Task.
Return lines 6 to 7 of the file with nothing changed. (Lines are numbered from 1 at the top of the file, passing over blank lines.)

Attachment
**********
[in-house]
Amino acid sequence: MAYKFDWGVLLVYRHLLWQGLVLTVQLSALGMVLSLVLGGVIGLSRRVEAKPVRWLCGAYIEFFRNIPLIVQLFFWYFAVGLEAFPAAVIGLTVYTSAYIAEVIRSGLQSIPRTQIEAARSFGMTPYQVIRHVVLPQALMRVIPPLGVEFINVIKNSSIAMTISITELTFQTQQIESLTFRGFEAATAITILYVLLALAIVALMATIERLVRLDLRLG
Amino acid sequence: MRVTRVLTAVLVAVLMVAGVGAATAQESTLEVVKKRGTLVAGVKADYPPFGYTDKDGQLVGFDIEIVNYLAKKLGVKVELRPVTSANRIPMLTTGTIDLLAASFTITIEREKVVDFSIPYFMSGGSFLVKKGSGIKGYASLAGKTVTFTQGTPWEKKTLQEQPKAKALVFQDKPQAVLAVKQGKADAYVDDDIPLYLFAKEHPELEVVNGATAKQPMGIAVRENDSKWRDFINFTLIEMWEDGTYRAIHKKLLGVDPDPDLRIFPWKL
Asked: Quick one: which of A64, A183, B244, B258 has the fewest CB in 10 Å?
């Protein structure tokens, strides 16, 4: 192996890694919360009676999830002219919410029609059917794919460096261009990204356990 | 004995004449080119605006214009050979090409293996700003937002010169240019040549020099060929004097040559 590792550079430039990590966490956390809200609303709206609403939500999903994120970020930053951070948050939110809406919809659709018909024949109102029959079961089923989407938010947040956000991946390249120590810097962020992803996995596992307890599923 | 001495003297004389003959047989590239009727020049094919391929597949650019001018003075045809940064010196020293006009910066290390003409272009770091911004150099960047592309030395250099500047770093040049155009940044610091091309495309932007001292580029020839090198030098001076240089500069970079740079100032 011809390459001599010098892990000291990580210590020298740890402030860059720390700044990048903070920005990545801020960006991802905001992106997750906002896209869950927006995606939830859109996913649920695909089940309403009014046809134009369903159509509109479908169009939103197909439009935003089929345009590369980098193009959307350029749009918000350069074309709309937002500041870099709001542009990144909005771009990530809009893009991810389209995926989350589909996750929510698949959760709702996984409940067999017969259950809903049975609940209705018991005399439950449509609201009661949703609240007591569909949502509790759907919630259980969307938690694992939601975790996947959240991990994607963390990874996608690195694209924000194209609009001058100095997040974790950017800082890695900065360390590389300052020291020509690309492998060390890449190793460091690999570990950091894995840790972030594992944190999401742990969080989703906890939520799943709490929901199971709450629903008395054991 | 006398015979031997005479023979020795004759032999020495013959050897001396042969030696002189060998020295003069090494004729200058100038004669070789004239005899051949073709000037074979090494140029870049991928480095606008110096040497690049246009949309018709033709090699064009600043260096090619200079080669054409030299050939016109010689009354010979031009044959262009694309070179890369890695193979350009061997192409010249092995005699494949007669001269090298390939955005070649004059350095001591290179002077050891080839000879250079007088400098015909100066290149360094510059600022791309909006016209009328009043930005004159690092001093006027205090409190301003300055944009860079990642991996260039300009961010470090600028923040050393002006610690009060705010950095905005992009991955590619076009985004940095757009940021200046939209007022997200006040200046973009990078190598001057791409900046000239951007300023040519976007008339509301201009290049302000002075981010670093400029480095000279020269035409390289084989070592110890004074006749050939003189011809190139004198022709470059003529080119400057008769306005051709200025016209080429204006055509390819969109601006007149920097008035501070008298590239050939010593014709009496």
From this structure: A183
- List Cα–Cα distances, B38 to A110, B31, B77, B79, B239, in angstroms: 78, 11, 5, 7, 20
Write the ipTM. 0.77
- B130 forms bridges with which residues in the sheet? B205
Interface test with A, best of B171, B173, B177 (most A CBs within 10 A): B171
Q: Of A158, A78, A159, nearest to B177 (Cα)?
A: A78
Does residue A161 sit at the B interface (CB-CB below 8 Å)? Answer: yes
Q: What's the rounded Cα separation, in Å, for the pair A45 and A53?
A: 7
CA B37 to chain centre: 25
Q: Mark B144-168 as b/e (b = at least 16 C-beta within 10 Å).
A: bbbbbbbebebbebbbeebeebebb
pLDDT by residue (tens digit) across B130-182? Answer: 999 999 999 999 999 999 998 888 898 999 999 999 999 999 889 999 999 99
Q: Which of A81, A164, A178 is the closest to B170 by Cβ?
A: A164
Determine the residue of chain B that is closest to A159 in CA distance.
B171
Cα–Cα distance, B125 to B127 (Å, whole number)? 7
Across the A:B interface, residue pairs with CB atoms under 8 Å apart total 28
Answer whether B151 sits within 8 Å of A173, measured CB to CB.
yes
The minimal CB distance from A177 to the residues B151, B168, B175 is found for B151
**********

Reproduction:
From this structure: A183
- List Cα–Cα distances, B38 to A110, B31, B77, B79, B239, in angstroms: 78, 11, 5, 7, 20